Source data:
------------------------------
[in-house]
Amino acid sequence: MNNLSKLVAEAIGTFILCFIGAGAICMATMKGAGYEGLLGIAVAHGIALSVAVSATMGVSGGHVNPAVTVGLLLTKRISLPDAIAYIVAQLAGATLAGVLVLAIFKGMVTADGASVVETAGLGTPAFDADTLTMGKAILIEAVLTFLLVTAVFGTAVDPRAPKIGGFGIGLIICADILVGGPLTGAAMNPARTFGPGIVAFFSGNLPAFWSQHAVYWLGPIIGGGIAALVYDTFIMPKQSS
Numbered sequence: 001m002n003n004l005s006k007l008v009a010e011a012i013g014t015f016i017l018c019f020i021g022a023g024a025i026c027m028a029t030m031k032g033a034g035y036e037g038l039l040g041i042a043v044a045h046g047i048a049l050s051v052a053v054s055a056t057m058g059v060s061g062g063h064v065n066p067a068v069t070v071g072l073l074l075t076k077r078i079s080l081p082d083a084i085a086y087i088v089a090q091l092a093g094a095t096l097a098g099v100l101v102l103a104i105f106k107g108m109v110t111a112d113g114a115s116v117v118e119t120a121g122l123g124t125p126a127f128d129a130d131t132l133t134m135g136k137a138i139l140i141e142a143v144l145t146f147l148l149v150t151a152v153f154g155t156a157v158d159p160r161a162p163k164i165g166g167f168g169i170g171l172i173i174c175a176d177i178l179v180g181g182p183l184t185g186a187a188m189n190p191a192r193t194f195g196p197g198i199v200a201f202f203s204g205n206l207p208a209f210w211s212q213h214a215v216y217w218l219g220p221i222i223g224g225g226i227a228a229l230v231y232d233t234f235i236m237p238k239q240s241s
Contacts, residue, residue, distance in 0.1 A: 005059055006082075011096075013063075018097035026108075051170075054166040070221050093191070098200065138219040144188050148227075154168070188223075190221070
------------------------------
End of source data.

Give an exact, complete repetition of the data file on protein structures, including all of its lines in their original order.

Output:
[in-house]
Amino acid sequence: MNNLSKLVAEAIGTFILCFIGAGAICMATMKGAGYEGLLGIAVAHGIALSVAVSATMGVSGGHVNPAVTVGLLLTKRISLPDAIAYIVAQLAGATLAGVLVLAIFKGMVTADGASVVETAGLGTPAFDADTLTMGKAILIEAVLTFLLVTAVFGTAVDPRAPKIGGFGIGLIICADILVGGPLTGAAMNPARTFGPGIVAFFSGNLPAFWSQHAVYWLGPIIGGGIAALVYDTFIMPKQSS
Numbered sequence: 001m002n003n004l005s006k007l008v009a010e011a012i013g014t015f016i017l018c019f020i021g022a023g024a025i026c027m028a029t030m031k032g033a034g035y036e037g038l039l040g041i042a043v044a045h046g047i048a049l050s051v052a053v054s055a056t057m058g059v060s061g062g063h064v065n066p067a068v069t070v071g072l073l074l075t076k077r078i079s080l081p082d083a084i085a086y087i088v089a090q091l092a093g094a095t096l097a098g099v100l101v102l103a104i105f106k107g108m109v110t111a112d113g114a115s116v117v118e119t120a121g122l123g124t125p126a127f128d129a130d131t132l133t134m135g136k137a138i139l140i141e142a143v144l145t146f147l148l149v150t151a152v153f154g155t156a157v158d159p160r161a162p163k164i165g166g167f168g169i170g171l172i173i174c175a176d177i178l179v180g181g182p183l184t185g186a187a188m189n190p191a192r193t194f195g196p197g198i199v200a201f202f203s204g205n206l207p208a209f210w211s212q213h214a215v216y217w218l219g220p221i222i223g224g225g226i227a228a229l230v231y232d233t234f235i236m237p238k239q240s241s
Contacts, residue, residue, distance in 0.1 A: 005059055006082075011096075013063075018097035026108075051170075054166040070221050093191070098200065138219040144188050148227075154168070188223075190221070